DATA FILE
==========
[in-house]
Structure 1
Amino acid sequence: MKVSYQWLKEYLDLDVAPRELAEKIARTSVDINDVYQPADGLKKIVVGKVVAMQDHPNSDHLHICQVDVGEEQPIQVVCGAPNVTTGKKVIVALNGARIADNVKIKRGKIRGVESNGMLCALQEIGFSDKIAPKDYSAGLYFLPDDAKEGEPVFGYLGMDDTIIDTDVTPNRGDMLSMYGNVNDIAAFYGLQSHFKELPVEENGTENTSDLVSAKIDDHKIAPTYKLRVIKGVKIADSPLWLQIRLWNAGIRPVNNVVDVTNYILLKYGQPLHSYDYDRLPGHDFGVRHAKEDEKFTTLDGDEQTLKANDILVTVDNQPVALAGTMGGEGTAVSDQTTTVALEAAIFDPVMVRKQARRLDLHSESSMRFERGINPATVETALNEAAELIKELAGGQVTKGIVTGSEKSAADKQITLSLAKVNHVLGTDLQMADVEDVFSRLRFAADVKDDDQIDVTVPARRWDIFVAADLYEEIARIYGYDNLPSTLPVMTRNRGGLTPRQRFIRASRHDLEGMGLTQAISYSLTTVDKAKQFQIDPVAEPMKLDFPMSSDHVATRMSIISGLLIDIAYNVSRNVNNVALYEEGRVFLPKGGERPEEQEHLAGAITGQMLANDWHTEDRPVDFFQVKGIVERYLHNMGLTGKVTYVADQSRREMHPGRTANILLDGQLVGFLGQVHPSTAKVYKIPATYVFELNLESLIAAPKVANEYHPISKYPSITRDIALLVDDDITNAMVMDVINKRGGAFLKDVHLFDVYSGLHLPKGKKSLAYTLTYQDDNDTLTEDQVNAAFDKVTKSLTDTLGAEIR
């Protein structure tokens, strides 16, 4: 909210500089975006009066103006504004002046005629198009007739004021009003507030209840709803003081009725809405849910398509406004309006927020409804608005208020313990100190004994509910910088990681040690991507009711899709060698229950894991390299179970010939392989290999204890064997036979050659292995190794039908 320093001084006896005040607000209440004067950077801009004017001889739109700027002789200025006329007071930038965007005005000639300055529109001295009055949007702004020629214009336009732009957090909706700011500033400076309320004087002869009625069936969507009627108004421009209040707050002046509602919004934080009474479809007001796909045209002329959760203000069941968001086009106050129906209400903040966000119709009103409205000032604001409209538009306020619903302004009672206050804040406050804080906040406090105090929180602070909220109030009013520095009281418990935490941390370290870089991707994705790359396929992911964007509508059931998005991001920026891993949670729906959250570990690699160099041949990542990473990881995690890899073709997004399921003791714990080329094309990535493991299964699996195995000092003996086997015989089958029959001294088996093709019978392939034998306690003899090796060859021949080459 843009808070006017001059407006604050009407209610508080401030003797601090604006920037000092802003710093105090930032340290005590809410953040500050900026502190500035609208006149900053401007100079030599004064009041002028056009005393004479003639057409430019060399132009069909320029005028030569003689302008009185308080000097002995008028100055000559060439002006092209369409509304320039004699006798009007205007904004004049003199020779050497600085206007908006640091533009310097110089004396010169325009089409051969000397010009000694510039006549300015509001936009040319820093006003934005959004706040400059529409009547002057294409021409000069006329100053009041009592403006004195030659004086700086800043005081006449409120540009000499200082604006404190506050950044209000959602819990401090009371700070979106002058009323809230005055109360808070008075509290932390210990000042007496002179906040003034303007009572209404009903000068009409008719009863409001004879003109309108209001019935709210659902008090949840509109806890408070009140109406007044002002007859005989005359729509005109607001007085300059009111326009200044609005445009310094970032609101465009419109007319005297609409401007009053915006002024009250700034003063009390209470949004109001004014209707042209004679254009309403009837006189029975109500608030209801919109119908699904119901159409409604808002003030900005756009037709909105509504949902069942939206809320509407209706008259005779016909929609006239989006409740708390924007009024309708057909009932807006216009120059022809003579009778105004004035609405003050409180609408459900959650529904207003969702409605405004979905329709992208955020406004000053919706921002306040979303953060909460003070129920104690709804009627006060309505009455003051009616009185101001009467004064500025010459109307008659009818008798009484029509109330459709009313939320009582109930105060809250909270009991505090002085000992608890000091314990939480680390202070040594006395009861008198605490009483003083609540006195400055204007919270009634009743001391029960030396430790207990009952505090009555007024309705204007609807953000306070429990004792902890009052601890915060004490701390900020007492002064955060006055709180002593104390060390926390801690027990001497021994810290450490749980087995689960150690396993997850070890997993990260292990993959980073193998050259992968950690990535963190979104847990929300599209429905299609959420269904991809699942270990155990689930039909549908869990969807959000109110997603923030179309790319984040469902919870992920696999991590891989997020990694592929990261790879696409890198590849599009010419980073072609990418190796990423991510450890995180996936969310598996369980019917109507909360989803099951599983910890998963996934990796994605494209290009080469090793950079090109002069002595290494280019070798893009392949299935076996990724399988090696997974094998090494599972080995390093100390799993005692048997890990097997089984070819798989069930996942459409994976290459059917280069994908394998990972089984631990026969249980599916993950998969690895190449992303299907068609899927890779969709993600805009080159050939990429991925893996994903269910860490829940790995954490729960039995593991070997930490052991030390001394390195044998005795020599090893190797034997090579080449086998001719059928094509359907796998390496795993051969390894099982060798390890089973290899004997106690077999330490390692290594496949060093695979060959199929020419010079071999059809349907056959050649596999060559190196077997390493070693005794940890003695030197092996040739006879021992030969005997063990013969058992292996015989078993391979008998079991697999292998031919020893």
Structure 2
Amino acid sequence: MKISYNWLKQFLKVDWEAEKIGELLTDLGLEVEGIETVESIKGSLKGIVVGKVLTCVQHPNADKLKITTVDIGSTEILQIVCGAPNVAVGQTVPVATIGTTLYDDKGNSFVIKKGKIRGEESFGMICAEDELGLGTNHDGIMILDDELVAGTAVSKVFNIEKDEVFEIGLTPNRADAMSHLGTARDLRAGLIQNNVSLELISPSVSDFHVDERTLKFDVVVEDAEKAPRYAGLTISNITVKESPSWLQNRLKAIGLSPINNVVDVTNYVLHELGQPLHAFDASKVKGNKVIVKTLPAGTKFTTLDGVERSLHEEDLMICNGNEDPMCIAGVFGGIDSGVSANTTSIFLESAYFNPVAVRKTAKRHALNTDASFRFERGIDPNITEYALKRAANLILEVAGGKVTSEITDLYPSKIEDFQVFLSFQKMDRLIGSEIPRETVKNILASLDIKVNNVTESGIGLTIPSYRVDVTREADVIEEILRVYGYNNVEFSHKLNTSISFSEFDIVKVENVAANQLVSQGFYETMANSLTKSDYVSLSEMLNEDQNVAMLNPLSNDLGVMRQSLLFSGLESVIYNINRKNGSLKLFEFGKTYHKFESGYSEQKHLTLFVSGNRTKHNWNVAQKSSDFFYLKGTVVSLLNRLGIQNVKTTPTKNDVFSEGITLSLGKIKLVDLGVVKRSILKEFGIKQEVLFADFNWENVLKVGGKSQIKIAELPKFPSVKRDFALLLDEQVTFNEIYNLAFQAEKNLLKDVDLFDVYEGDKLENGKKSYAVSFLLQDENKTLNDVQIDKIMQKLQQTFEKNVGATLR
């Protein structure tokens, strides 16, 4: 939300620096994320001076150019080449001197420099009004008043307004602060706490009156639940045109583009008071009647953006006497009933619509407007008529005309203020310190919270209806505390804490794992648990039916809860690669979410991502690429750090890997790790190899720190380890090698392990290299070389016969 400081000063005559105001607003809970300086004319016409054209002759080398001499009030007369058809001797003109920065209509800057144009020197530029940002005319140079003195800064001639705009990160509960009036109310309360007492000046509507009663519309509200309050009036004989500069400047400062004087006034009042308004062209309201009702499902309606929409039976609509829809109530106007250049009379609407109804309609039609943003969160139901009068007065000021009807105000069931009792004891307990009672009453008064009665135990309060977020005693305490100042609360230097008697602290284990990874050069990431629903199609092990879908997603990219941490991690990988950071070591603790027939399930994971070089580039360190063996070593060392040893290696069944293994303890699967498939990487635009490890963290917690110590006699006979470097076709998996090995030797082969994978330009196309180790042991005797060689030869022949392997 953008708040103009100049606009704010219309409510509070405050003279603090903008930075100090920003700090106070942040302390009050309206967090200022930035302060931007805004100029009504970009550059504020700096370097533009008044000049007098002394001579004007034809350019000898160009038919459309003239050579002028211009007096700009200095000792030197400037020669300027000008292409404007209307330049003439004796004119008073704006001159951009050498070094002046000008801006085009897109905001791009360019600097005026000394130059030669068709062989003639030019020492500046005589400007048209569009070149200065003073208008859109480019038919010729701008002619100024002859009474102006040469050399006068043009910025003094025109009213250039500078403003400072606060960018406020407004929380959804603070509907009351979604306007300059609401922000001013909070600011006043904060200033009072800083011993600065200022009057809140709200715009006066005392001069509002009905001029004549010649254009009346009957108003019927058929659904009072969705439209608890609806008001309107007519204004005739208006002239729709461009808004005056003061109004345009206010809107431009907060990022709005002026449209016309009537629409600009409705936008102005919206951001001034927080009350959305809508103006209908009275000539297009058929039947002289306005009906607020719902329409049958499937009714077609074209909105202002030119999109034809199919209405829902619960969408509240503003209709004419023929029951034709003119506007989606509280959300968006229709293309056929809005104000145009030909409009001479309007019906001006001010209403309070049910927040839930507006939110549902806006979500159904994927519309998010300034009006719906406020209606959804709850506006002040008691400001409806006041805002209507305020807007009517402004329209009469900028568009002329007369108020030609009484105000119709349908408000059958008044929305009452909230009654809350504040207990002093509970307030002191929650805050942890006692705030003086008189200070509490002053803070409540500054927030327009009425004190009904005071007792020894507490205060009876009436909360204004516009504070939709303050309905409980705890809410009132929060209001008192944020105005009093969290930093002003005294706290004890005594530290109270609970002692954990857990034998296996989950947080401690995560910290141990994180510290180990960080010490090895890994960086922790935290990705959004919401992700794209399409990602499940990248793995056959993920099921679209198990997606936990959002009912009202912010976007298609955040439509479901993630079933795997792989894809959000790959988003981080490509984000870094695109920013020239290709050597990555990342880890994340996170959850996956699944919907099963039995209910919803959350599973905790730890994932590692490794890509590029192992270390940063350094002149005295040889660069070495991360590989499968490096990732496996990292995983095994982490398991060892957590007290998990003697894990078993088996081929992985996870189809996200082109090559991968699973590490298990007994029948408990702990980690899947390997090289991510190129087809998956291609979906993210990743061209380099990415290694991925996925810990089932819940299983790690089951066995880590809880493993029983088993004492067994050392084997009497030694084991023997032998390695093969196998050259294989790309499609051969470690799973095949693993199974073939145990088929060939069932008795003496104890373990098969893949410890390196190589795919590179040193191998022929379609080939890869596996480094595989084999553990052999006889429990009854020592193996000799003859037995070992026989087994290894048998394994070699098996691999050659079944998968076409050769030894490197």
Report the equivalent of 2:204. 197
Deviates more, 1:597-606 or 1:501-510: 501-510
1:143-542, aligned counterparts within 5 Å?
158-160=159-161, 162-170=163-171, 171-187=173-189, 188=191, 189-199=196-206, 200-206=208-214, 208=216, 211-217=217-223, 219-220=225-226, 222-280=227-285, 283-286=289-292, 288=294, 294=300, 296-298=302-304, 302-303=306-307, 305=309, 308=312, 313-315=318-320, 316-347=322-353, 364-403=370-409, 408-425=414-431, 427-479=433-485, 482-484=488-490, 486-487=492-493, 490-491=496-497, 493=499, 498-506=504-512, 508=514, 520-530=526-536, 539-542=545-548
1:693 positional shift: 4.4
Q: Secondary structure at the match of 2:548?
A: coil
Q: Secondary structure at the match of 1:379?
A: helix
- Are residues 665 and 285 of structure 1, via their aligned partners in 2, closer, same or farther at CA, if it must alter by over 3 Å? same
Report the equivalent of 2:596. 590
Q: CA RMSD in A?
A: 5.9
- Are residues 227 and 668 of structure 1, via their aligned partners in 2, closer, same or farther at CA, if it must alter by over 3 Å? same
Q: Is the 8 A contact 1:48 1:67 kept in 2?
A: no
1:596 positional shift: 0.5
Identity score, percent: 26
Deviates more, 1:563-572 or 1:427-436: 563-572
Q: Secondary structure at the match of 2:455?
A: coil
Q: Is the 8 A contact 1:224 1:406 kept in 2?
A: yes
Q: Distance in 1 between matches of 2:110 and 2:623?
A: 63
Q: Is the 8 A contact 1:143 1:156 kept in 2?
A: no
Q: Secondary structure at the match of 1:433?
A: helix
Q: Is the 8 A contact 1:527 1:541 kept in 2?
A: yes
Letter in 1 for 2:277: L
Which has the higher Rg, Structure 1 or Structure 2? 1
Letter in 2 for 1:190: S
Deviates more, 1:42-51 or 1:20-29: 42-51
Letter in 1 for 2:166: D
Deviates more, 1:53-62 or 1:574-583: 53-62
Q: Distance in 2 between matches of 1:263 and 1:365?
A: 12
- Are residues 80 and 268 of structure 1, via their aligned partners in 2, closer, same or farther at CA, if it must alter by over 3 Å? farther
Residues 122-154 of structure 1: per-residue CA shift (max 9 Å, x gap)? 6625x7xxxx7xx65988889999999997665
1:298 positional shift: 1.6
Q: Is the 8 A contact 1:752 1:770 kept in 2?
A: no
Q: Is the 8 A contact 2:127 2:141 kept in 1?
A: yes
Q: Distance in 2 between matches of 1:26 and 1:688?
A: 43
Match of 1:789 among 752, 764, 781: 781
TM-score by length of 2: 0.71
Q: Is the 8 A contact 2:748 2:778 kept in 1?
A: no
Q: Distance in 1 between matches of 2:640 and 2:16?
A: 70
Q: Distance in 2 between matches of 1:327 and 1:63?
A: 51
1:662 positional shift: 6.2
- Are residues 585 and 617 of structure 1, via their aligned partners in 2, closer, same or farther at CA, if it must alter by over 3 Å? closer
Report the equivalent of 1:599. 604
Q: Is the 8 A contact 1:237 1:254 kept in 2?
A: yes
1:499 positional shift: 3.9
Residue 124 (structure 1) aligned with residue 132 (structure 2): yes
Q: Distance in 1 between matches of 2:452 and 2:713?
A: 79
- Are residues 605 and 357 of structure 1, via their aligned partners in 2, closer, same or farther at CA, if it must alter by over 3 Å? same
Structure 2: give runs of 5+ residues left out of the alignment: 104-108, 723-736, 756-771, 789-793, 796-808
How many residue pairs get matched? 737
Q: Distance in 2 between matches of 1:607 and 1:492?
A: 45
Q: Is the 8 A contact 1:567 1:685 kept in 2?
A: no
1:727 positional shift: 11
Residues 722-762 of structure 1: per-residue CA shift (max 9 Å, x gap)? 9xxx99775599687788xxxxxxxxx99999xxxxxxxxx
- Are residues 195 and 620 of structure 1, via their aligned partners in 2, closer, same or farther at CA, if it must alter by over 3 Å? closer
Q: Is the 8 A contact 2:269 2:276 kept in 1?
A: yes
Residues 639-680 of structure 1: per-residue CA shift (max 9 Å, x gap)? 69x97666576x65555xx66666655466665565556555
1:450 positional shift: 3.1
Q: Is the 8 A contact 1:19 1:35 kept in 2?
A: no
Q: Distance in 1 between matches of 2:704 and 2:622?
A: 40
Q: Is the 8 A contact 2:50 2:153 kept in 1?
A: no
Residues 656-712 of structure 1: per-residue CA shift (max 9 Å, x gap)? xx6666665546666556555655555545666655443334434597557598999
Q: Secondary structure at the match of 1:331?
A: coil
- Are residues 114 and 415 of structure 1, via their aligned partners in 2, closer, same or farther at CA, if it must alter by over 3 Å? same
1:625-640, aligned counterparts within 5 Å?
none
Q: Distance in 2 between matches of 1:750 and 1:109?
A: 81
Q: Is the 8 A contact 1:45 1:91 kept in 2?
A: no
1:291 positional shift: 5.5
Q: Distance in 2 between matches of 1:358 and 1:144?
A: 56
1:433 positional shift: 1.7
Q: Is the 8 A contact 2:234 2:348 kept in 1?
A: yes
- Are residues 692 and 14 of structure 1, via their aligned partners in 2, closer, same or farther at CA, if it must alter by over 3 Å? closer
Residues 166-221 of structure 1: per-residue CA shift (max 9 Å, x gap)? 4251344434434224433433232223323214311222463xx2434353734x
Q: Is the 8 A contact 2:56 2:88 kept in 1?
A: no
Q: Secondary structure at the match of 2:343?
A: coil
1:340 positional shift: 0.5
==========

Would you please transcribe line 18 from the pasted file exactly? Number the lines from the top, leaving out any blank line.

Report the equivalent of 2:596. 590